Those who refused to wear a mask were called “mask slackers” and risked fines if they lived in cities where mask-wearing was mandatory, similar to today. Opposition to them was strong and many called them “dirt traps.” There were some who even poked holes in them, so they could smoke cigars without being fined by the police.

Differing political responses

It’s difficult for the world to go through a pandemic without it becoming politicized. This was as true during the 1918 flu epidemic as it has been with COVID-19. When looking at the United States in particular, the responses from both eras could not be more different.

Over the past year and a half, the country has been run by two different presidents with differing views. Whereas Trump preemptively claimed the country had beaten COVID-19, despite medical experts saying the opposite, Biden has pushed for vaccination and the spread of medical information.

A nurse standing next to a patient in the Flu Ward of Walter Reed Hospital
Walter Reed Hospital’s Flu Ward, 1918. (Photo Credit: Underwood Archives / Getty Images)

Back in 1918, however, the country was met with a completely different response: silence. President Woodrow Wilson refused to talk publicly about the epidemic, something he has been criticized for by historians, and instead decided to focus all his attention on the war effort. This was despite he himself being afflicted with the virus!

Differing symptoms

While at first the symptoms for the coronavirus and the Spanish Flu might appear to be similar, they are actually fairly different. The world has had to endure numerous waves of COVID-19 and what doctors have learned is that it affects everyone differently. Some patients experience mild or no symptoms, while others get so sick they have to be hospitalized and put on a ventilator.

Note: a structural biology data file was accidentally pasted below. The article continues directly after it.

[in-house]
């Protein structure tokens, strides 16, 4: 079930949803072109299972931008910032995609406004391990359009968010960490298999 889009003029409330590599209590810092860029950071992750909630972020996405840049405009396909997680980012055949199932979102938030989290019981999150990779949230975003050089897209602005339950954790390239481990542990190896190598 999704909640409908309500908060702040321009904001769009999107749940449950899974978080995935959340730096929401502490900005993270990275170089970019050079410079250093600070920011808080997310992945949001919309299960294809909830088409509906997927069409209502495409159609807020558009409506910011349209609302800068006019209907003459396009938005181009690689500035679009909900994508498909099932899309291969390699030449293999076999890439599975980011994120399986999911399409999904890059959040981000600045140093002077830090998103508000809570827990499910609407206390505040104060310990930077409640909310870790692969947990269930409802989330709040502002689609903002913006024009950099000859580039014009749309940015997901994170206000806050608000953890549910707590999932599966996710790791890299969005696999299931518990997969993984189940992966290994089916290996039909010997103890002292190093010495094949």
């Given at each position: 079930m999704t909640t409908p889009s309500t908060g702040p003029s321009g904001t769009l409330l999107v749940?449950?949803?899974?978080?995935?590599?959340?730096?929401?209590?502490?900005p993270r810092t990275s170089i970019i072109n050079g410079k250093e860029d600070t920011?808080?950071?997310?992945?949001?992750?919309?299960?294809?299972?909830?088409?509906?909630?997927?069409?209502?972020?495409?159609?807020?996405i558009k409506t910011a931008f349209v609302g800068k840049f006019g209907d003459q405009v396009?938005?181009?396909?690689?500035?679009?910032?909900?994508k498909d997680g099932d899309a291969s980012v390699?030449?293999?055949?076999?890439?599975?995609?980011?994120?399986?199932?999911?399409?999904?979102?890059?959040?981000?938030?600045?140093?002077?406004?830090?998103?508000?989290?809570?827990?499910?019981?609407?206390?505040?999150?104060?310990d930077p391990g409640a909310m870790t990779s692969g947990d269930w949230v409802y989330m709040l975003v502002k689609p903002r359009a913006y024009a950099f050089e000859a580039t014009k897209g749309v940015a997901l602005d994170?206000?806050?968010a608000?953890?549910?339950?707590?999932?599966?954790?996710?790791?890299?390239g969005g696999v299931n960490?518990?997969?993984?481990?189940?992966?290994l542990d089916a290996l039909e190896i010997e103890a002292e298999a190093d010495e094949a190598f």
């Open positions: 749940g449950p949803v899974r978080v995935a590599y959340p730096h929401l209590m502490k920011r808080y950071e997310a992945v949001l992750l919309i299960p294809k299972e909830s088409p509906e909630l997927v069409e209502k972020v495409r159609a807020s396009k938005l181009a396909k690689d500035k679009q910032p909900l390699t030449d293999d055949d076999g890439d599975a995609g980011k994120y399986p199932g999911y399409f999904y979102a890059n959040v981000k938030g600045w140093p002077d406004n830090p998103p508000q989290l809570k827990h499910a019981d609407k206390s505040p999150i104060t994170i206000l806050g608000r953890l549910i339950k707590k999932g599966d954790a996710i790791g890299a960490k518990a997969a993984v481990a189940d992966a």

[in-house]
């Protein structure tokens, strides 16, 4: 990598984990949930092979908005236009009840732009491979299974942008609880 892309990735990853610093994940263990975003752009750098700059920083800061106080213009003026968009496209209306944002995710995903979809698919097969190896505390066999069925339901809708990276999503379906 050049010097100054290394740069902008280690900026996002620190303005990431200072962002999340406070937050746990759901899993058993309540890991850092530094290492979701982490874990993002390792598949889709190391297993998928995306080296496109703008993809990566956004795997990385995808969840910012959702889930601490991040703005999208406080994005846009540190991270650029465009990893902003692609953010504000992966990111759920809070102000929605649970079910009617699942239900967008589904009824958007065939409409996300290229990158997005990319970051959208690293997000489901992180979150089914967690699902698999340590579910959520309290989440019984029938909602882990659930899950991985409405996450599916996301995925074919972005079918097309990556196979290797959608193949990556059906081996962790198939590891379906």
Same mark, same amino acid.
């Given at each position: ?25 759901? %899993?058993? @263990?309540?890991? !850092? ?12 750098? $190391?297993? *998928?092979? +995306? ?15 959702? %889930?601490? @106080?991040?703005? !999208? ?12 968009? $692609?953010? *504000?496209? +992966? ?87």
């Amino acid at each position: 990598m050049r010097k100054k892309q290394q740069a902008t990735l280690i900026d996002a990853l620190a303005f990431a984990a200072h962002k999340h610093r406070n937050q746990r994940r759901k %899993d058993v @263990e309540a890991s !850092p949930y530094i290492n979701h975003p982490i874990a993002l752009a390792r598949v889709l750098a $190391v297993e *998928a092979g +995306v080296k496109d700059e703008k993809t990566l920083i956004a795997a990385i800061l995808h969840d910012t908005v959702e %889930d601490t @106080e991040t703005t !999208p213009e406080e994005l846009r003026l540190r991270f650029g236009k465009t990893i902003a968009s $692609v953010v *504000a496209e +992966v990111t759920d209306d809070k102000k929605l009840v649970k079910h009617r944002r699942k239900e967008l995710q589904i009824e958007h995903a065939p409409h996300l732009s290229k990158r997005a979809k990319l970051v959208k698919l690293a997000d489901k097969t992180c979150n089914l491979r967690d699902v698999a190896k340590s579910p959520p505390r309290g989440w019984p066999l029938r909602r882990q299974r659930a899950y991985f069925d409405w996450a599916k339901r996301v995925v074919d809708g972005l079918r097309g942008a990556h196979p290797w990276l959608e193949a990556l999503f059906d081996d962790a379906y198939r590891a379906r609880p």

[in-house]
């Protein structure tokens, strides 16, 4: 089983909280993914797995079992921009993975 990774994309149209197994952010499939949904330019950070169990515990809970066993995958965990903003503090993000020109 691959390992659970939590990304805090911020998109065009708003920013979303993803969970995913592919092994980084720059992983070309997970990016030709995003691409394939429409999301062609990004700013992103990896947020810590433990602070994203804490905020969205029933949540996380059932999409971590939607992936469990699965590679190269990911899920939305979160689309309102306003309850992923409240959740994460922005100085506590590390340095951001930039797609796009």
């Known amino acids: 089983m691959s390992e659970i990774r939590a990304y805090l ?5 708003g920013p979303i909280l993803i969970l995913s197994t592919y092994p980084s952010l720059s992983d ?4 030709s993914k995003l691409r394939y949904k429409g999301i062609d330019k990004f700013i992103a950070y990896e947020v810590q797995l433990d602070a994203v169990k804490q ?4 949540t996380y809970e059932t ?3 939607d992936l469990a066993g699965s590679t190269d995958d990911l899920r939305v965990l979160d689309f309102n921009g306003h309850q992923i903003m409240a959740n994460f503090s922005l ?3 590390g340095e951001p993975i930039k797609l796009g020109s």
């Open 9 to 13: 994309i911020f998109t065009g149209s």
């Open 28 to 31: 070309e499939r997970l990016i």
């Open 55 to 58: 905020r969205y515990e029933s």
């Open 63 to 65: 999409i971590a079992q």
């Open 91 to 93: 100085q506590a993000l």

While the virus typically presents itself with flu-like symptoms, the most unique symptoms of the coronavirus are the potential loss of smell and/or taste. There’s also the fact that some individuals experience symptoms long after recovery, including lasting fatigue and coughing.

A man crouched down among the mini American flags at the National Mall in D.C.
National Mall memorial for those who have died from COVID-19. (Photo Credit: Win McNamee / Getty Images)

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Just like COVID-19, the 1918 flu came in waves. While the first was relatively mild, the second and third were much worse. The second wave was devastatingly deadly. Those who contracted it risked dying days, even hours, after showing symptoms. Their lungs became a battlefield, and oftentimes individuals would die from a lack of oxygen because their lungs had filled with liquid. A tell-tale sign of this was the blue tinge their skin would get before they suffocated.

Clare Fitzgerald

Clare Fitzgerald is one of the authors writing for The Vintage News